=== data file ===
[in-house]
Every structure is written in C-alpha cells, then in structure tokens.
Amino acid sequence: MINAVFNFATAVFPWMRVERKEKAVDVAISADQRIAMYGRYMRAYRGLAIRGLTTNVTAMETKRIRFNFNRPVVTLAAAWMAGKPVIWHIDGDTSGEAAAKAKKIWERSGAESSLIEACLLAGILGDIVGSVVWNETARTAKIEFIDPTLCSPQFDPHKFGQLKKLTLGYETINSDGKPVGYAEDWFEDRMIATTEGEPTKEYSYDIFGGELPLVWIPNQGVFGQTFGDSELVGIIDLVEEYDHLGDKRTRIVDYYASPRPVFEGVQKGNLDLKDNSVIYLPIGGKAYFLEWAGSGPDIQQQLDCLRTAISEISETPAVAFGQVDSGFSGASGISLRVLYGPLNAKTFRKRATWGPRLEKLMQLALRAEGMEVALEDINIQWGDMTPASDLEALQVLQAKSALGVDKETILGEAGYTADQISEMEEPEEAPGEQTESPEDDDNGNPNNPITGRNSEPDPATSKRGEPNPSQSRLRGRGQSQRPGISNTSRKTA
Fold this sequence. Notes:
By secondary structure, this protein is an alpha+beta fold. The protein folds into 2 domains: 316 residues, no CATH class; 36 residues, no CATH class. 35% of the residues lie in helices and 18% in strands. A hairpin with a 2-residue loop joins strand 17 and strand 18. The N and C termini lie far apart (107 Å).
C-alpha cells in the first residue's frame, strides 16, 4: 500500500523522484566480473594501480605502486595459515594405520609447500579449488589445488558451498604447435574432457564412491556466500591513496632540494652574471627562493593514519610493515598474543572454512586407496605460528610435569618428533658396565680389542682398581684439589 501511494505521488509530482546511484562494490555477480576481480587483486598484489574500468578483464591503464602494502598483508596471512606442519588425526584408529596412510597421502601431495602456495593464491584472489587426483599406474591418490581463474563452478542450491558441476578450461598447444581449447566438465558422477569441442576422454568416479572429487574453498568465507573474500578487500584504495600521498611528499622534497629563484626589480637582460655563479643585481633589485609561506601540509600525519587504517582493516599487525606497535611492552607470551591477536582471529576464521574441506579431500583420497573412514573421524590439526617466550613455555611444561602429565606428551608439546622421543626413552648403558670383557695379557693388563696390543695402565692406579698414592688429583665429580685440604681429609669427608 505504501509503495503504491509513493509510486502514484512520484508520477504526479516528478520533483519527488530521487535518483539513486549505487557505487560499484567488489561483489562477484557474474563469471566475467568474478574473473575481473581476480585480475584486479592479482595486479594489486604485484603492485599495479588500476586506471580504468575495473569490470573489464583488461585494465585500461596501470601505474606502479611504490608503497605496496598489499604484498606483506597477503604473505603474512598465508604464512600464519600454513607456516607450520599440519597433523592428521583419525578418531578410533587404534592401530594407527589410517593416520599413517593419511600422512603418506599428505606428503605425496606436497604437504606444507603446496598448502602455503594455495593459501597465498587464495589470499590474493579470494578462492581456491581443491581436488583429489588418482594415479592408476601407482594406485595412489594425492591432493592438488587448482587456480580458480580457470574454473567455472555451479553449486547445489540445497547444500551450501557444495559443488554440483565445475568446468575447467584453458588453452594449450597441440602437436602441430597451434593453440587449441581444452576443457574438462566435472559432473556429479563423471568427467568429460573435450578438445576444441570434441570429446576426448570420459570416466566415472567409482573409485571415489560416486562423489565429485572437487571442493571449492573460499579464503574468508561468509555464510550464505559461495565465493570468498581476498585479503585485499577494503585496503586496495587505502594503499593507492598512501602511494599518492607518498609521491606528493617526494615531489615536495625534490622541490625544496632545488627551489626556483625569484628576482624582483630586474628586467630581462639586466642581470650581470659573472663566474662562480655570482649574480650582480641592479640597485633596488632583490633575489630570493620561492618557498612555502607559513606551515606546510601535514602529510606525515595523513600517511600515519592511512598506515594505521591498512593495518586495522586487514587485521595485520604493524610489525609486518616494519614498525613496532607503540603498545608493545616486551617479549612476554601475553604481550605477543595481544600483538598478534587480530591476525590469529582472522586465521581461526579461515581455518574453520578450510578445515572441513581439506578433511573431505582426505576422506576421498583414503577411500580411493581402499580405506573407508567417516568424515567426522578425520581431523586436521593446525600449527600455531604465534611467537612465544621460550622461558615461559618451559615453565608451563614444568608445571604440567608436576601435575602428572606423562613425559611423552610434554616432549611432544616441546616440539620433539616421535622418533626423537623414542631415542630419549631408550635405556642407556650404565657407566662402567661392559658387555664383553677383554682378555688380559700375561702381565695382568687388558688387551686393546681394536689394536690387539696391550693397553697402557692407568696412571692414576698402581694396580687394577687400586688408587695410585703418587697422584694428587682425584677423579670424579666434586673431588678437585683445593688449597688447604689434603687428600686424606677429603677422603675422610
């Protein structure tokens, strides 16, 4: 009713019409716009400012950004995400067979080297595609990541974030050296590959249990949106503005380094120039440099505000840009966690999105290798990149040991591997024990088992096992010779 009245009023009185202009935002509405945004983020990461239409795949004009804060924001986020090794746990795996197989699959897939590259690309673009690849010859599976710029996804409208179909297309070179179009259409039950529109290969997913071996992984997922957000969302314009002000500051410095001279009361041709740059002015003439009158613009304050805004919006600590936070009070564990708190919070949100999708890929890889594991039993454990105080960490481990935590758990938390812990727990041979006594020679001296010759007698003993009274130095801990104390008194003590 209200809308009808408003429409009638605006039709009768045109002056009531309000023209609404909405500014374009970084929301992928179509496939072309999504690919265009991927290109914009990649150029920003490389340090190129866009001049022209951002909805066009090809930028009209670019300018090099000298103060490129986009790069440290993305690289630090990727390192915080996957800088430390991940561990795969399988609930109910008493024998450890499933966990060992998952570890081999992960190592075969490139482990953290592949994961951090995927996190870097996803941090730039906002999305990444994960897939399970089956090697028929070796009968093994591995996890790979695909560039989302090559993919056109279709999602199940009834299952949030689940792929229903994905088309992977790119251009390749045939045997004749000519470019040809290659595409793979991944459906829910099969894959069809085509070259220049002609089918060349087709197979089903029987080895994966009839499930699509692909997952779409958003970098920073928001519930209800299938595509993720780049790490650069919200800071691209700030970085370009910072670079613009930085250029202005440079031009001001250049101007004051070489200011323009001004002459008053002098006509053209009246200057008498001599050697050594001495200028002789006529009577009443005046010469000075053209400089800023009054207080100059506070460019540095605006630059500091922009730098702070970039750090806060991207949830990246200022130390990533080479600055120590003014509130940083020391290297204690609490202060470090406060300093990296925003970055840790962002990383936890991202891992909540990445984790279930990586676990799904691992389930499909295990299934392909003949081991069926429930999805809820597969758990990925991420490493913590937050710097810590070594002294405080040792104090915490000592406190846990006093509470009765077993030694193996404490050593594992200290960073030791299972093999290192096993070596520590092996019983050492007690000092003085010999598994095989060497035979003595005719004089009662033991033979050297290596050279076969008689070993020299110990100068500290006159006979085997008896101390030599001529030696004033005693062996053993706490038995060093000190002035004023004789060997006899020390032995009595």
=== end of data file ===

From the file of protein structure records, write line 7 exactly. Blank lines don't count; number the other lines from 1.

């Protein structure tokens, strides 16, 4: 009713019409716009400012950004995400067979080297595609990541974030050296590959249990949106503005380094120039440099505000840009966690999105290798990149040991591997024990088992096992010779 009245009023009185202009935002509405945004983020990461239409795949004009804060924001986020090794746990795996197989699959897939590259690309673009690849010859599976710029996804409208179909297309070179179009259409039950529109290969997913071996992984997922957000969302314009002000500051410095001279009361041709740059002015003439009158613009304050805004919006600590936070009070564990708190919070949100999708890929890889594991039993454990105080960490481990935590758990938390812990727990041979006594020679001296010759007698003993009274130095801990104390008194003590 209200809308009808408003429409009638605006039709009768045109002056009531309000023209609404909405500014374009970084929301992928179509496939072309999504690919265009991927290109914009990649150029920003490389340090190129866009001049022209951002909805066009090809930028009209670019300018090099000298103060490129986009790069440290993305690289630090990727390192915080996957800088430390991940561990795969399988609930109910008493024998450890499933966990060992998952570890081999992960190592075969490139482990953290592949994961951090995927996190870097996803941090730039906002999305990444994960897939399970089956090697028929070796009968093994591995996890790979695909560039989302090559993919056109279709999602199940009834299952949030689940792929229903994905088309992977790119251009390749045939045997004749000519470019040809290659595409793979991944459906829910099969894959069809085509070259220049002609089918060349087709197979089903029987080895994966009839499930699509692909997952779409958003970098920073928001519930209800299938595509993720780049790490650069919200800071691209700030970085370009910072670079613009930085250029202005440079031009001001250049101007004051070489200011323009001004002459008053002098006509053209009246200057008498001599050697050594001495200028002789006529009577009443005046010469000075053209400089800023009054207080100059506070460019540095605006630059500091922009730098702070970039750090806060991207949830990246200022130390990533080479600055120590003014509130940083020391290297204690609490202060470090406060300093990296925003970055840790962002990383936890991202891992909540990445984790279930990586676990799904691992389930499909295990299934392909003949081991069926429930999805809820597969758990990925991420490493913590937050710097810590070594002294405080040792104090915490000592406190846990006093509470009765077993030694193996404490050593594992200290960073030791299972093999290192096993070596520590092996019983050492007690000092003085010999598994095989060497035979003595005719004089009662033991033979050297290596050279076969008689070993020299110990100068500290006159006979085997008896101390030599001529030696004033005693062996053993706490038995060093000190002035004023004789060997006899020390032995009595």